High Swiss current account surplus: consequences for SNB monetary policy?

Thomas Jordan, Chairman of the Governing Board

University of Basel, Faculty of Business and Economics, Basel, 23.11.2017

Switzerland has had a surplus on its current account ever since the 1980s. In 2016, it stood at around 10% of GDP. Textbook economic theory suggests that a current account surplus is a function of an undervalued currency.

The persistently high current account surplus in Switzerland is not a reflection of an overly weak Swiss franc. Rather, the Swiss franc remains highly valued. Furthermore, inflation is still low and production capacity is not yet fully utilised. In the prevailing economic climate, the negative interest rate and the SNB's willingness to intervene on the foreign exchange market as necessary therefore continue to be required. Switzerland's current account surplus can be explained by three factors.

First, statistical distortions mean that Switzerland's current account surplus tends to be overstated. A substantial percentage of multinational companies in Switzerland is held in free float by foreign investors. If these companies reinvest their earnings, they are allocated entirely to Switzerland even though a large proportion essentially belongs to foreign investors. Furthermore, Switzerland traditionally has lower inflation and interest rates than other countries. The higher nominal rates in other countries inflate the Swiss current account balance because the nominal appreciation of the franc is not taken into account. Overall, these statistical distortions have the effect that Switzerland's net international investment position does not steadily increase despite persistent current account surpluses.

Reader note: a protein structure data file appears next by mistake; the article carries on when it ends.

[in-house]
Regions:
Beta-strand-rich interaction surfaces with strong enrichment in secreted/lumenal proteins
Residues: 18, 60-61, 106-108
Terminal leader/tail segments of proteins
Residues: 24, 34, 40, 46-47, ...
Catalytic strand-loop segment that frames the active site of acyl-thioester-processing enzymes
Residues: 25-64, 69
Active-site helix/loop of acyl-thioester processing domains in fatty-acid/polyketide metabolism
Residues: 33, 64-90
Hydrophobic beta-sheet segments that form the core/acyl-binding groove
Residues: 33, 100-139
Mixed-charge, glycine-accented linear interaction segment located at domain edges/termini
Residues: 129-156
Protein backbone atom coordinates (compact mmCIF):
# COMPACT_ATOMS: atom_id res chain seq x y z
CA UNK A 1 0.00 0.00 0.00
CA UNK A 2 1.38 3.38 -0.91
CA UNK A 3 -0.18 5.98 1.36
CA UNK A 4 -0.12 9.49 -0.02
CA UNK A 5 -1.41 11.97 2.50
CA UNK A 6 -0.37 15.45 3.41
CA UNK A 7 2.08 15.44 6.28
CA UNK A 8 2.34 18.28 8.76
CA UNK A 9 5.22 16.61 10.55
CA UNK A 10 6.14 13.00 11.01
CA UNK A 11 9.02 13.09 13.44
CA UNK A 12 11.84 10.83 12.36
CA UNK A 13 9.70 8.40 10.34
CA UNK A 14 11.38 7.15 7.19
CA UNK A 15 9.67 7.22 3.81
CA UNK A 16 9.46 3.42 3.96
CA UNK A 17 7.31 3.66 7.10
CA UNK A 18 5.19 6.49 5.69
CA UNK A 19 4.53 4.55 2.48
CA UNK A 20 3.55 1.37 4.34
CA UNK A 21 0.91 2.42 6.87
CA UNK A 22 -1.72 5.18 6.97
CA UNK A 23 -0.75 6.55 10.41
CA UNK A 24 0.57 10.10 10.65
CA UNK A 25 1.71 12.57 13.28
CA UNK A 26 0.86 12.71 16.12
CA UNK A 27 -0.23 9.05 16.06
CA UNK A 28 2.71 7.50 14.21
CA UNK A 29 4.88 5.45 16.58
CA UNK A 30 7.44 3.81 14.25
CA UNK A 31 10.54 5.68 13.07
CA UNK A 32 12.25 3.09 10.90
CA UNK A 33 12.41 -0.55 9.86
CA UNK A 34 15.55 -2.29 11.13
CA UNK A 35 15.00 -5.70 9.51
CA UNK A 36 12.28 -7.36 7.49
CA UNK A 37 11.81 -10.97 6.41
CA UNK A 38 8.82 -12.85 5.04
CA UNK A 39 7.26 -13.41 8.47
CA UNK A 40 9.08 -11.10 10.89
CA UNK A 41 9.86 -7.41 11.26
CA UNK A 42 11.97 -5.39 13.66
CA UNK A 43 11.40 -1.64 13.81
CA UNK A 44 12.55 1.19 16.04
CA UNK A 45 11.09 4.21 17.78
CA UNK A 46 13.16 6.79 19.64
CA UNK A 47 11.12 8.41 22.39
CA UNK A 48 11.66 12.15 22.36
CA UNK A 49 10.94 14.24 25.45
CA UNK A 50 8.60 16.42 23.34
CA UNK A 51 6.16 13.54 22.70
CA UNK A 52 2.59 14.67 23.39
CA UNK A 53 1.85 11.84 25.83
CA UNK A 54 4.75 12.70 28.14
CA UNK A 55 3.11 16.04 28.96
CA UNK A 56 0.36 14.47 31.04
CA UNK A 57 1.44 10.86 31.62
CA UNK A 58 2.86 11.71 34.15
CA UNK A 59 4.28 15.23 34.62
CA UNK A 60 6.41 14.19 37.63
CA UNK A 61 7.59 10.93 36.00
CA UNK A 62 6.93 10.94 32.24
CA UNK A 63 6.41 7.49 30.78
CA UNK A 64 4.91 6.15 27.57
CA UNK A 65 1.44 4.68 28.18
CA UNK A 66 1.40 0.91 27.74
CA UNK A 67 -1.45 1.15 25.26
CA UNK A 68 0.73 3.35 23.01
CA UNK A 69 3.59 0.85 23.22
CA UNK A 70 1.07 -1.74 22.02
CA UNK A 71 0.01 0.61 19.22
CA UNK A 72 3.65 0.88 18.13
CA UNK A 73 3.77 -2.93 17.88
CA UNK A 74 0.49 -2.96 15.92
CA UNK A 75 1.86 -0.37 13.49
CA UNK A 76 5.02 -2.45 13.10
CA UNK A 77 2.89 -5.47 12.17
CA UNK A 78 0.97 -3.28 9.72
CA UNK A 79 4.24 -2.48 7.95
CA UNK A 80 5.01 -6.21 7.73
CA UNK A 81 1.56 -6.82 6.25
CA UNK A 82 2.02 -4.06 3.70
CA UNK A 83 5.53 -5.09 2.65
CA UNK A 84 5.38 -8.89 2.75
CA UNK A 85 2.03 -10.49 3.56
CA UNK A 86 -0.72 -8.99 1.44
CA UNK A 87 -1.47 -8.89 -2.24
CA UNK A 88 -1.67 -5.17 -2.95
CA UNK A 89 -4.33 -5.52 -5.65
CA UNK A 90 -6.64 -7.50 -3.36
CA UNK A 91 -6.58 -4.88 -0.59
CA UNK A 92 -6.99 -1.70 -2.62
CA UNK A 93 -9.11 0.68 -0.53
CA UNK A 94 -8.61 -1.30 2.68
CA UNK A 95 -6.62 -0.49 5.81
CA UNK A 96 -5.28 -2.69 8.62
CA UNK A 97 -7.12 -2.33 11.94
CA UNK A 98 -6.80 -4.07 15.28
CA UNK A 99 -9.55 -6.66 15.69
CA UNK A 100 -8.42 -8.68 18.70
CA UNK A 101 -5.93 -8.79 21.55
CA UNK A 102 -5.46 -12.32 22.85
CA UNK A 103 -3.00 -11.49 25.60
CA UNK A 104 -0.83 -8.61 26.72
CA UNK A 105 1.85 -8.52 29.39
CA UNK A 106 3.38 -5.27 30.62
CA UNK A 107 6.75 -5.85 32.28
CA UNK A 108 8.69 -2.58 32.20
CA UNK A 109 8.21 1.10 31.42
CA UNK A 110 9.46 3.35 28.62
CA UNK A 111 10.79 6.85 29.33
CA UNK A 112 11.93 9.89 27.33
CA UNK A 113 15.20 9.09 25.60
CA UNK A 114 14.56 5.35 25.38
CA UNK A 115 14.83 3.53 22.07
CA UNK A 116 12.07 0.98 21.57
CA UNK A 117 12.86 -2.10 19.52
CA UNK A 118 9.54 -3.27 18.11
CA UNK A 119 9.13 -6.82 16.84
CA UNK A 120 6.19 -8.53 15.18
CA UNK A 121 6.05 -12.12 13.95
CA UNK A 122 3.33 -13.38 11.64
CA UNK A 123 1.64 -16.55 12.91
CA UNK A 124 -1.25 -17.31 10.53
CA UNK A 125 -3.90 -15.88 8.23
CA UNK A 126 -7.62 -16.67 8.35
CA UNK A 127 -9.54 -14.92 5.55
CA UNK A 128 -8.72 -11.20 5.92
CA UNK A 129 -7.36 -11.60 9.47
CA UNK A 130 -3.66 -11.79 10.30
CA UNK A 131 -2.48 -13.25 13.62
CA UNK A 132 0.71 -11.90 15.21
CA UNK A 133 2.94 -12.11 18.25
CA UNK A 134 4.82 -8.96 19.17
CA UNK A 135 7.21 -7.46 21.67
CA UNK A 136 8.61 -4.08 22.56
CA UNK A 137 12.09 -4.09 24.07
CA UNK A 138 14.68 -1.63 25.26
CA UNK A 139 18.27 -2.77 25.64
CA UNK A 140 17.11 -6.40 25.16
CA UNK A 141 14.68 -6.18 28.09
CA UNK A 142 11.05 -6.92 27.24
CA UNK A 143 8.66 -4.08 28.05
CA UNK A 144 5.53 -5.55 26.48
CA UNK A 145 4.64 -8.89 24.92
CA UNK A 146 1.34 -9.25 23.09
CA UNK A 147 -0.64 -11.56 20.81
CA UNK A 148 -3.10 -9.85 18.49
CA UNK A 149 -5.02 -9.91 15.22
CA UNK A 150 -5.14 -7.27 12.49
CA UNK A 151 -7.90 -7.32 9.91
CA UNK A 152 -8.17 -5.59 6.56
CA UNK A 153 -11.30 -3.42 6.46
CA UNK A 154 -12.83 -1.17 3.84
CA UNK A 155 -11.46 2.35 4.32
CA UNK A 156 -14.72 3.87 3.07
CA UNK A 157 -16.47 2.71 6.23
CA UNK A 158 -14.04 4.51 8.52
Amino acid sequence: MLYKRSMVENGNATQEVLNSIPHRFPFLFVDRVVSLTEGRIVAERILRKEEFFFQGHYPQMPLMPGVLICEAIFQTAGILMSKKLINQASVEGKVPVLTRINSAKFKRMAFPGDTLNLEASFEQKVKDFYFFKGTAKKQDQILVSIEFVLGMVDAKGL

Second, there are structural reasons for the current account or savings surplus in Switzerland, in particular the rapidly ageing population. When the Swiss current account balance is corrected for the statistical distortions, it reflects a savings surplus, which in light of demographic developments and a well-financed pension system is entirely justified.

Third, the size and development of the Swiss current account balance are driven by two industries. Net exports from pharmaceuticals and merchanting are relatively insensitive to exchange rate fluctuations and their importance for the current account is considerably larger than it is for the economy as a whole.

As a result of all these factors, the current account reported for Switzerland is not a good measure for assessing trade flows and changes in the international investment position or a suitable metric on which to base monetary policy. The Swiss current account cannot be used either to assess the fair external value of the Swiss franc or to adequately reflect the risks in relation to price stability and economic development. Therefore, the SNB does not base its monetary policy on the current account.